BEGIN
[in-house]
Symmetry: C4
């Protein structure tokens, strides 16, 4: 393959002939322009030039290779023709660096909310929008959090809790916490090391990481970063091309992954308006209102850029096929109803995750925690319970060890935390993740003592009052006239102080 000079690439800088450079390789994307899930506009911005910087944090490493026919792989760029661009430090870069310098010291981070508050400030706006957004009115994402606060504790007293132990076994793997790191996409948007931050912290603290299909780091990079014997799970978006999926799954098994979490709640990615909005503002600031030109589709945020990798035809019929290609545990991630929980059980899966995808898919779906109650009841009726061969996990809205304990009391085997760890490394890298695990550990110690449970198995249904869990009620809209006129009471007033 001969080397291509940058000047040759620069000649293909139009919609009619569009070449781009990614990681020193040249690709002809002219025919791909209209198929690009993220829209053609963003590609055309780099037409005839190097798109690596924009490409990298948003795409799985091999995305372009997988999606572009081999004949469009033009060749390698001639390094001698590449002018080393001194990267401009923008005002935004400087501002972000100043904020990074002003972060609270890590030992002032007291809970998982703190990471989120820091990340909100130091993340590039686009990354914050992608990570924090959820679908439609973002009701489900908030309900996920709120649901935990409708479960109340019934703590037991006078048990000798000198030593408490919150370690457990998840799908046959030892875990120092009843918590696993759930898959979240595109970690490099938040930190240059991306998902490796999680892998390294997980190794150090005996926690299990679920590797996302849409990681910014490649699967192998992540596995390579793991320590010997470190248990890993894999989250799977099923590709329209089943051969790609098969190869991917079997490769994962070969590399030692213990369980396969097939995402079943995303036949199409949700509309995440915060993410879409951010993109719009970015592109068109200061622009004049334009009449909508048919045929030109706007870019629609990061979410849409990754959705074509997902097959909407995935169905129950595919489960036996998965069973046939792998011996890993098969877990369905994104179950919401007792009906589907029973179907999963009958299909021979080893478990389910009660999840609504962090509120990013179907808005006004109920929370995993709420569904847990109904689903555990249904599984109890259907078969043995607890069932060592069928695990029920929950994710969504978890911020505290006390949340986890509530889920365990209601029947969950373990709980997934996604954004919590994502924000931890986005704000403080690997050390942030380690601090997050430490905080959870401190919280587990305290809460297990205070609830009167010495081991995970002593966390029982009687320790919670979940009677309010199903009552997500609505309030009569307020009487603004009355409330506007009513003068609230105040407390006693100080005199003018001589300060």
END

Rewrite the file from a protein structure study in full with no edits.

[in-house]
Symmetry: C4
């Protein structure tokens, strides 16, 4: 393959002939322009030039290779023709660096909310929008959090809790916490090391990481970063091309992954308006209102850029096929109803995750925690319970060890935390993740003592009052006239102080 000079690439800088450079390789994307899930506009911005910087944090490493026919792989760029661009430090870069310098010291981070508050400030706006957004009115994402606060504790007293132990076994793997790191996409948007931050912290603290299909780091990079014997799970978006999926799954098994979490709640990615909005503002600031030109589709945020990798035809019929290609545990991630929980059980899966995808898919779906109650009841009726061969996990809205304990009391085997760890490394890298695990550990110690449970198995249904869990009620809209006129009471007033 001969080397291509940058000047040759620069000649293909139009919609009619569009070449781009990614990681020193040249690709002809002219025919791909209209198929690009993220829209053609963003590609055309780099037409005839190097798109690596924009490409990298948003795409799985091999995305372009997988999606572009081999004949469009033009060749390698001639390094001698590449002018080393001194990267401009923008005002935004400087501002972000100043904020990074002003972060609270890590030992002032007291809970998982703190990471989120820091990340909100130091993340590039686009990354914050992608990570924090959820679908439609973002009701489900908030309900996920709120649901935990409708479960109340019934703590037991006078048990000798000198030593408490919150370690457990998840799908046959030892875990120092009843918590696993759930898959979240595109970690490099938040930190240059991306998902490796999680892998390294997980190794150090005996926690299990679920590797996302849409990681910014490649699967192998992540596995390579793991320590010997470190248990890993894999989250799977099923590709329209089943051969790609098969190869991917079997490769994962070969590399030692213990369980396969097939995402079943995303036949199409949700509309995440915060993410879409951010993109719009970015592109068109200061622009004049334009009449909508048919045929030109706007870019629609990061979410849409990754959705074509997902097959909407995935169905129950595919489960036996998965069973046939792998011996890993098969877990369905994104179950919401007792009906589907029973179907999963009958299909021979080893478990389910009660999840609504962090509120990013179907808005006004109920929370995993709420569904847990109904689903555990249904599984109890259907078969043995607890069932060592069928695990029920929950994710969504978890911020505290006390949340986890509530889920365990209601029947969950373990709980997934996604954004919590994502924000931890986005704000403080690997050390942030380690601090997050430490905080959870401190919280587990305290809460297990205070609830009167010495081991995970002593966390029982009687320790919670979940009677309010199903009552997500609505309030009569307020009487603004009355409330506007009513003068609230105040407390006693100080005199003018001589300060």